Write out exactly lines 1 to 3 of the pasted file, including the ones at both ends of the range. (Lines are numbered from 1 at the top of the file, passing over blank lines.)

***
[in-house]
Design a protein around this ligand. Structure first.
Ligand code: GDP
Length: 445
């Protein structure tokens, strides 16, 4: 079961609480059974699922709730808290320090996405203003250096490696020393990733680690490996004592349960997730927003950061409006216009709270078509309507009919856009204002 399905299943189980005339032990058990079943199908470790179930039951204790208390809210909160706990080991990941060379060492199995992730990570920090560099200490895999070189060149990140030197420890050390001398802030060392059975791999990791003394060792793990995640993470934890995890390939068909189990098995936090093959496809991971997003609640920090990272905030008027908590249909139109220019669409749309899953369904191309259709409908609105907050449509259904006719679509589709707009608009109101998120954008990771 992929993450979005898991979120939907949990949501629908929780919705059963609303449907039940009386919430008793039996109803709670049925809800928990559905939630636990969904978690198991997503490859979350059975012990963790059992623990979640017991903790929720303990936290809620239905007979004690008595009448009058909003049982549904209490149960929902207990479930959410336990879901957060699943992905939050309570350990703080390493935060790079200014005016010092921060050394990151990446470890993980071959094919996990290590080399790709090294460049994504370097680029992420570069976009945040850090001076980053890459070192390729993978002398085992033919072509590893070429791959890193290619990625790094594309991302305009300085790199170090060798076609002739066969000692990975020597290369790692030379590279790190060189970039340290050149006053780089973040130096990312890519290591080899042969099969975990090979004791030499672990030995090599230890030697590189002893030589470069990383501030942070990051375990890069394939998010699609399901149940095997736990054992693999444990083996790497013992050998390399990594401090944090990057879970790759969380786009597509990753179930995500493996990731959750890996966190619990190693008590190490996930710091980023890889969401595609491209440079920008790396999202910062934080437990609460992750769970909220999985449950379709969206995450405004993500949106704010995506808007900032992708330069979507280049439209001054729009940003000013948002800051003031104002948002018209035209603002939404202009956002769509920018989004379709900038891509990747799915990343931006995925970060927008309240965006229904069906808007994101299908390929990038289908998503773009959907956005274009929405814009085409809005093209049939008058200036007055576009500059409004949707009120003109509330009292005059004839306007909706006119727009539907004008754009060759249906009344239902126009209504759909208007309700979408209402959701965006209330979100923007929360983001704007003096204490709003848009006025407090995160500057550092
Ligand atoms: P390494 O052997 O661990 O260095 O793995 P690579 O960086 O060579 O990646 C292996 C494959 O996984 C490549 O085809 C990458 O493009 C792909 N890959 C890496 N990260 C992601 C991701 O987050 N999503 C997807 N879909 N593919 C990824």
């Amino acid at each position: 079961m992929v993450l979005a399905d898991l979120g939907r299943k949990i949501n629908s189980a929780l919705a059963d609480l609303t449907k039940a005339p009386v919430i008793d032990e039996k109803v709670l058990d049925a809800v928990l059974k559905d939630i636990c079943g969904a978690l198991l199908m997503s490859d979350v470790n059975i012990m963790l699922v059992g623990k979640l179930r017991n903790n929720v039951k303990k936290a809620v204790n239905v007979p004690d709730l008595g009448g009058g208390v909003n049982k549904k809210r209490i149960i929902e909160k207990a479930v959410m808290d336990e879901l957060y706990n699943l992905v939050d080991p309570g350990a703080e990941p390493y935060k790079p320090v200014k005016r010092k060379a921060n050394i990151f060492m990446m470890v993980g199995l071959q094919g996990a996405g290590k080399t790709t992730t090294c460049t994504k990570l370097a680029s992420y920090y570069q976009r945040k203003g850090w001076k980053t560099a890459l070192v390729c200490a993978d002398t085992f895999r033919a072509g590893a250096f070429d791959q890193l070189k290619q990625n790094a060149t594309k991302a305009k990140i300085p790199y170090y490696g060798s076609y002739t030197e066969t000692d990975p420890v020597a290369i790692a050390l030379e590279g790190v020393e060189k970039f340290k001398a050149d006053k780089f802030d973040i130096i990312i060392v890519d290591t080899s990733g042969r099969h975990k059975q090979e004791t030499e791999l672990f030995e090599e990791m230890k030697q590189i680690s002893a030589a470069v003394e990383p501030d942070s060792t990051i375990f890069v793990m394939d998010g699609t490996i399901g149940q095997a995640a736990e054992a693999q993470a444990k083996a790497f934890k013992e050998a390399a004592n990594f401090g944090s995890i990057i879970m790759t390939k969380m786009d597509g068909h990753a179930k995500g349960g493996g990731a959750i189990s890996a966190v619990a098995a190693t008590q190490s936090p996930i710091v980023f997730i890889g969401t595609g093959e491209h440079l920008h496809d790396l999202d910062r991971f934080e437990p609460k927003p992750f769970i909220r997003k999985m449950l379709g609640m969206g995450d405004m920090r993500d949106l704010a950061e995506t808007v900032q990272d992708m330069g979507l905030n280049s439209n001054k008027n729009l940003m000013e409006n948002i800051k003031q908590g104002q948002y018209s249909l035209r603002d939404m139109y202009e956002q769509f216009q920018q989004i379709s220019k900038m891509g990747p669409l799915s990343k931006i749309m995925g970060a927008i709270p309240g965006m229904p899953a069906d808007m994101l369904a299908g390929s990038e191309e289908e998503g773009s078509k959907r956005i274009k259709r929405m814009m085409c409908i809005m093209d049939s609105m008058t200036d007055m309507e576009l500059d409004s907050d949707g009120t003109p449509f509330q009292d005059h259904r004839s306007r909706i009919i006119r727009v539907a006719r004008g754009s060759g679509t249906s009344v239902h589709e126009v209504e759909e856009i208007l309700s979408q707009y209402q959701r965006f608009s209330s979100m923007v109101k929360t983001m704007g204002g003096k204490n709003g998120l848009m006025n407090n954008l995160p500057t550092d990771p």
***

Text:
[in-house]
Design a protein around this ligand. Structure first.
Ligand code: GDP